I was in Memphis in the very early 80s and had done the obligatory tourist sightseeing between my professional meetings: to Graceland where I had my photo taken at that historic gate , to Sun Studio where Elvis recorded and to Beale Street where I spent half a night listening to the bluesmen. I then decided it was time to take one of the city bus tours to get an overview of the city.
I paid my fare and joined several dozen other visitors to Memphis. We headed out, and as I looked at the itinerary, I noticed that the Lorraine Motel was not on the list.
At the time, I was academic dean of Southeast Kentucky Community College, and I had long ago gotten over the crippling shyness I had experienced as a child, had discovered in junior high that life was much more pleasurable when I participated actively and expressed my opinions.
So from somewhere seated midway in the tour bus, I in a loud voice (or in a volume-appropriate voice as I tell my students in the classes in communication I teach at Edison State) asked the driver, “Is there a reason the Lorraine Motel is not on the itinerary?”
“No, ma’am, we don’t go there.”
“But that’s an important part of Memphis history.”
“Be that as it may, we won’t be going there.”
“This is a democracy. We’ve paid for a tour of Memphis. All of you who want to go to the Lorraine Motel where Dr. Martin Luther King was murdered , raise your hand.”
They did, and we went.
450 Mulberry Street was very different then and even more so in Dr. King’s day as the Lorraine Motel was one of the places listed in “The Negro Motorist Green Book,” a guide to accommodation for African American travelling to places in our country where they would not be turned away from lodging, meals or other services because of their race/ethnicity.
Modest as the accommodations at the Lorraine were, they were far superior to the ones Dr. King experienced in 1963 when he wrote his famous “Letter from the Birmingham City Jail.” He had been arrested and imprisoned for peacefully demonstrating against racism and segregation. Many of today’s college students have read that famous essay which he began on scraps of newspaper in response to clergy who had published a piece criticizing him and the demonstrators and maintaining that the fight for justice should be taking place in the courts and not in the streets.
In that essay, Dr. King’s words ring true today and need our attention as we face a host of issues in our country such as voter suppression, the lack of adequate health care, housing, schooling for our most vulnerable, verbal and physical assaults on those consider “other.” In that essay, Dr. King wrote, “Injustice anywhere is a threat to justice everywhere.”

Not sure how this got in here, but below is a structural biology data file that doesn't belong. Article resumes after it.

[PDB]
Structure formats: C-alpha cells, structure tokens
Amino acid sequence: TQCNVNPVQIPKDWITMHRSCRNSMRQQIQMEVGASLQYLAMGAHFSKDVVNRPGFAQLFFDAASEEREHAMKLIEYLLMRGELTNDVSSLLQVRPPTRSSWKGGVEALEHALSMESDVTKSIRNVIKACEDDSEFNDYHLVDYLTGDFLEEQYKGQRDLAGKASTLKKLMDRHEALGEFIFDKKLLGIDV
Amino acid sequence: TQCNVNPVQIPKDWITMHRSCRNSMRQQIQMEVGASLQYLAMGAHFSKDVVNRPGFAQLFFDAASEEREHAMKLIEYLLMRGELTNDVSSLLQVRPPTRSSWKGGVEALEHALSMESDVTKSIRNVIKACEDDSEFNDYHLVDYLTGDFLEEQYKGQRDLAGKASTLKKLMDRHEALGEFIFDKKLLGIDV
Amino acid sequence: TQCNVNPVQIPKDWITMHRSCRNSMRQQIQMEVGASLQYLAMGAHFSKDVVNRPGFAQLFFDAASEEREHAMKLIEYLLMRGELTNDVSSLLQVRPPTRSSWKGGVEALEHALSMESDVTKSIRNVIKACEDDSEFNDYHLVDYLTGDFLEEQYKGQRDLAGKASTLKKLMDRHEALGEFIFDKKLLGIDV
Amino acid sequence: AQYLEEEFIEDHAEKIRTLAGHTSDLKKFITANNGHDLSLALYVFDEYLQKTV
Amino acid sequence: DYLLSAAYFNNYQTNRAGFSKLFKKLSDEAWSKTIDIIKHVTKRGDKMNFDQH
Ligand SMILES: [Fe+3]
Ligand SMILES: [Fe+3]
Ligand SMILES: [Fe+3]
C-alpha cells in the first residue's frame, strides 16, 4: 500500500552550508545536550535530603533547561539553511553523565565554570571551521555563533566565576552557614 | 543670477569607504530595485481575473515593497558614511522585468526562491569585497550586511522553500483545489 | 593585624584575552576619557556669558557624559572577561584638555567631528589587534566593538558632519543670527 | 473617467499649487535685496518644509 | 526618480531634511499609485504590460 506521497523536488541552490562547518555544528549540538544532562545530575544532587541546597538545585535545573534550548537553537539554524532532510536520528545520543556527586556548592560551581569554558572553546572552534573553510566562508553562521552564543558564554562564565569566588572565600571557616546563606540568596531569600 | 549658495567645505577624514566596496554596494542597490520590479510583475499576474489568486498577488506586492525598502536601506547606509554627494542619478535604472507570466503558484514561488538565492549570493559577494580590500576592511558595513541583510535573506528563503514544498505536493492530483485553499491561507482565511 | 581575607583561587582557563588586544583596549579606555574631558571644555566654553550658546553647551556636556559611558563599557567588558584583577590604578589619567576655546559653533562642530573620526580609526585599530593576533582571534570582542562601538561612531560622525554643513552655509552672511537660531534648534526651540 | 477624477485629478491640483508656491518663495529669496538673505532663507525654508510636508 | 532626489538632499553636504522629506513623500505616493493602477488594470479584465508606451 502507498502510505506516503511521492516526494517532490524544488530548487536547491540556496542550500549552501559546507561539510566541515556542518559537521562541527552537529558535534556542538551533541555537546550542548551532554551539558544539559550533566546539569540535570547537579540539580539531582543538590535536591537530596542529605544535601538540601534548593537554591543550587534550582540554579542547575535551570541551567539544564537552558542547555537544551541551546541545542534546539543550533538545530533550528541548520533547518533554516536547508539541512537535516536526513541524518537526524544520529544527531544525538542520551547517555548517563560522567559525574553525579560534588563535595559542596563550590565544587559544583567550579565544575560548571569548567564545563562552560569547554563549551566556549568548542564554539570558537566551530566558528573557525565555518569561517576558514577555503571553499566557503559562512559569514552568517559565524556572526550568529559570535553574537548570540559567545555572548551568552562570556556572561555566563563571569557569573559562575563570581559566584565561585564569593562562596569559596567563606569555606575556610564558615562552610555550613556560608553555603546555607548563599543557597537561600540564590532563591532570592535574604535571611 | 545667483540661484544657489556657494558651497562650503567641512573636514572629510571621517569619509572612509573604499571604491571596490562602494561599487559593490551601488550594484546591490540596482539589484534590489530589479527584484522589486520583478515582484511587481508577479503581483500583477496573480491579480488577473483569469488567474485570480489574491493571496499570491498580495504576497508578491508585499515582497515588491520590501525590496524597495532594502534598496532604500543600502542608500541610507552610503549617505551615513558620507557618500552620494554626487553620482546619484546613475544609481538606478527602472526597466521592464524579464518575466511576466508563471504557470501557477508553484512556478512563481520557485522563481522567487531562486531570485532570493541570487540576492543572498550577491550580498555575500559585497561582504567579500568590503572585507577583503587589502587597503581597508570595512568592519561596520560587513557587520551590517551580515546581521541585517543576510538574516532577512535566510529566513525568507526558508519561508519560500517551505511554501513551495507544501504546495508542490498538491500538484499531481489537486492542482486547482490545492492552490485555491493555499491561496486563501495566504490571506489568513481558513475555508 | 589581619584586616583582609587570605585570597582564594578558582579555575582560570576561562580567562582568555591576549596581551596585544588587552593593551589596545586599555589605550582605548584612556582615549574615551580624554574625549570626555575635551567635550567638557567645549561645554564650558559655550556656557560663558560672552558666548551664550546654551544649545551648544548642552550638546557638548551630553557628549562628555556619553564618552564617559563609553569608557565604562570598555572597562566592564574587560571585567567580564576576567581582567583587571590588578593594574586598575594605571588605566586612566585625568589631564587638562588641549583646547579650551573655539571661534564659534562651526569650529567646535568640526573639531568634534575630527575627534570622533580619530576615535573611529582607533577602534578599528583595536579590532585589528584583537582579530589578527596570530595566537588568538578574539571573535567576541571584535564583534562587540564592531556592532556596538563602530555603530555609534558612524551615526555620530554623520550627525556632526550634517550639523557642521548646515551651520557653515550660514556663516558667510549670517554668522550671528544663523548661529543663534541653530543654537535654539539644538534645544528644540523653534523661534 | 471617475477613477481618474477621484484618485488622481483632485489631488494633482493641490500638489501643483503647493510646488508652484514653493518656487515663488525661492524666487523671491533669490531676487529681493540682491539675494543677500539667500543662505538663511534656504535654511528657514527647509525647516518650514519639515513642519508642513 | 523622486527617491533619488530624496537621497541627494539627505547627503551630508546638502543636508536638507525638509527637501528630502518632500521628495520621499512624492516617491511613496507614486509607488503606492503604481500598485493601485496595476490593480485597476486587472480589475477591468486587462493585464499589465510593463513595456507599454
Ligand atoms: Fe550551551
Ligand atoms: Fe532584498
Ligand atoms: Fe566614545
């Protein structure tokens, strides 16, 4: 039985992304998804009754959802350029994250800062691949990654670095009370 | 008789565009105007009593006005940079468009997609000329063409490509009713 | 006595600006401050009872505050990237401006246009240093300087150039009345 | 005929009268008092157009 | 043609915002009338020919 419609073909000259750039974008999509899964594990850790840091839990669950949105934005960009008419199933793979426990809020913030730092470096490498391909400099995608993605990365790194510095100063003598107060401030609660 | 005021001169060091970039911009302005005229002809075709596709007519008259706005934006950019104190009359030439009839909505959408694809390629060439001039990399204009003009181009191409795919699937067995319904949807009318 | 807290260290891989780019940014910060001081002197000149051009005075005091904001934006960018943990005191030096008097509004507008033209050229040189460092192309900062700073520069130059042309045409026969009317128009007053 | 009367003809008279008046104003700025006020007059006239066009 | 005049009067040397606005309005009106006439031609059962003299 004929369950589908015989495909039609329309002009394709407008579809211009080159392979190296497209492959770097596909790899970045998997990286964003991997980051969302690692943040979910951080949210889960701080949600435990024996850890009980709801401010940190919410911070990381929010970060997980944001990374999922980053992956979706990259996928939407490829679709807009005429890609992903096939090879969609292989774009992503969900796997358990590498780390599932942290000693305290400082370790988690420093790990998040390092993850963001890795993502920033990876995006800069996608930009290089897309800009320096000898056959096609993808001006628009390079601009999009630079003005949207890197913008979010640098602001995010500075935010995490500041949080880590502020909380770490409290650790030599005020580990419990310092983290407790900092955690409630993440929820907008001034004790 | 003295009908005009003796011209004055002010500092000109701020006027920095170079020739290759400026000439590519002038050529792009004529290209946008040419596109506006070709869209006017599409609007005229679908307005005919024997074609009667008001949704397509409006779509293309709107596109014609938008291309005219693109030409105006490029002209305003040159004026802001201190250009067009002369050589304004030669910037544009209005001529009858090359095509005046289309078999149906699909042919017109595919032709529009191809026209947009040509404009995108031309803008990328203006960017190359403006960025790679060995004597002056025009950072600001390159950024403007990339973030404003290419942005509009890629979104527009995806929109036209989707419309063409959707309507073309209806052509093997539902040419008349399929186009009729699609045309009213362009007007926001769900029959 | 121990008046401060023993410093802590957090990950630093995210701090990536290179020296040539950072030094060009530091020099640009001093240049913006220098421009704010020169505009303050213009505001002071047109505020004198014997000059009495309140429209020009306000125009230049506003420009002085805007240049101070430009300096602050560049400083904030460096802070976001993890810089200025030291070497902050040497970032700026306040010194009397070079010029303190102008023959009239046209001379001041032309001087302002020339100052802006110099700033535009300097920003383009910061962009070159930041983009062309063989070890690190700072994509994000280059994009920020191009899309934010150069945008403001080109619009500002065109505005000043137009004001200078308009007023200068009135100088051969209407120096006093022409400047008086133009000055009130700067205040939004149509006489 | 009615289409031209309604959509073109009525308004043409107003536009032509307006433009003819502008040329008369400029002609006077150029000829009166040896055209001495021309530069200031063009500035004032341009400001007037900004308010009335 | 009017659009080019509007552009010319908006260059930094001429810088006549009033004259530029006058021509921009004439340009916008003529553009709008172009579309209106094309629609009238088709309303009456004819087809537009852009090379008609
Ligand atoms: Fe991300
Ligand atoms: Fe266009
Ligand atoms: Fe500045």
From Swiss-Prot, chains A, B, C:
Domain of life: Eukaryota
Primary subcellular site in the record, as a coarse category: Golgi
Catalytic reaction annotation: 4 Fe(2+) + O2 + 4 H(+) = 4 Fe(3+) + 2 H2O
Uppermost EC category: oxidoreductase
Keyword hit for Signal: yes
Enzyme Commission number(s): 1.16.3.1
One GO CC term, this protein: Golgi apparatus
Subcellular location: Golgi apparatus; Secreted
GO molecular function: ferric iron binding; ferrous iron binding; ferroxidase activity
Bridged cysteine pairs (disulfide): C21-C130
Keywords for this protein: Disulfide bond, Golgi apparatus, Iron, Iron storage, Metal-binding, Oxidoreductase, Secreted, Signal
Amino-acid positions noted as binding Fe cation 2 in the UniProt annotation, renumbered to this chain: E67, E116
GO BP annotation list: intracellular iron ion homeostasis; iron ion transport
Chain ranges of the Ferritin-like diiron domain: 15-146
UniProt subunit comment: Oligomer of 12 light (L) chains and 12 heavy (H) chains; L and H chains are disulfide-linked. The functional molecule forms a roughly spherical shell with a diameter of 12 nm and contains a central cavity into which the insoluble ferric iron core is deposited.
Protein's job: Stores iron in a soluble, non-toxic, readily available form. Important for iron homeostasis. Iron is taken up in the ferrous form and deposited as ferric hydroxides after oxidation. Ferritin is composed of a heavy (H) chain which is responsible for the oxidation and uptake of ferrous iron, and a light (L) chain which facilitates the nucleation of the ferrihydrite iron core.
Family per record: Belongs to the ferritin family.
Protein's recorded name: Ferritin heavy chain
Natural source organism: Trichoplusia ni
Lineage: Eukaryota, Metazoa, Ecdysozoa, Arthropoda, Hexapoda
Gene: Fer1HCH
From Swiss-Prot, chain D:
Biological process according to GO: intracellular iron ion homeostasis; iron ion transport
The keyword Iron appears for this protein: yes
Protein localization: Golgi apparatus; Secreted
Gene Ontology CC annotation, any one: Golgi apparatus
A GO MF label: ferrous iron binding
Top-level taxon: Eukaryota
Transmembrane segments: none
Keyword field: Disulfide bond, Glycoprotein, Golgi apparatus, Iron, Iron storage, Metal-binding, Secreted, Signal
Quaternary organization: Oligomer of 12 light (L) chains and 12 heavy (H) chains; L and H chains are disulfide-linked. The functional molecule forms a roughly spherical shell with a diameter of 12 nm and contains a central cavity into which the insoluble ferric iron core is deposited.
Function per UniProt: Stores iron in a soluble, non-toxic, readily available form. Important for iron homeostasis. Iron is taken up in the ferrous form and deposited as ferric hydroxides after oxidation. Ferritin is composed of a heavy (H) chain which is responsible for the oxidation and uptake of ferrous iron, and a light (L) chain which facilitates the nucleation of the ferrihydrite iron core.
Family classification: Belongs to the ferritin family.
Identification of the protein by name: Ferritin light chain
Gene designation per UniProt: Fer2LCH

College students also study the famous “I Have a Dream “ speech revered as the number one speech in twentieth century America, based not only on its rhetorical excellence but also on its social and political impact.
As I stood at the Lorraine Motel in the very early eighties, I envisioned the black-and-white film I had seen often of the activity back in 1968 following the assassination.
Controversy followed the assassination. Was James Earl Ray the shooter? Did he have a co-conspirator? Was the U.S.S.R. involved? What about the role of J. Edgar Hoover and the F.B.I.? It was not until June of 2000 that the U.S. Department of Justice ruled that Ray acted alone.
Attempts to discredit Dr. King were rampant, designed to make him less than what he was. Was the nation aware of Dr. King’s extramarital affairs? Had he plagiarized parts of his dissertation? Was he an Uncle Tom?
As we celebrate MLK Day on Jan. 21 this year, let’s ask ourselves: If he was so inconsequential, why are he and George Washington the only Americans who have a national holiday in their honor.
Yes, a close analysis has shown that parts of his dissertation were not properly documented. How many were back in the days before the Internet and the OWL program at Purdue University? Just read his letter from the Birmingham City Jail that he wrote with access to no resources if you question his ability to write, to present an exemplary argument.
Did he have extramarital affairs? Yes, but … .
Have his children sometimes behaved in ways that would have embarrassed him? Yes.
The National Civil Rights Museum is now at the spot where Dr. King died, and his Room 306 remains as it was on April 4, 1968.
I’ll visit the monument to Dr. King open to the public in 2011 the next time I’m in D.C., and I’ll read the words, “Out of the mountains of despair, a stone of hope.” Of course, I’ll remember all the conflict and compromise involved in getting this project completed as this seems to be the American way, but I’ll be mindful of the devotion of this man, a mere human being, to causes that many of us would not even attempt-and I will be humbled.
Dr. Blevins has taught undergraduate and graduate students as well as prison inmates, and now teachescommunication and American literature classes at Edison State Community College. Reach her at (937)778-3815 or email@example.com.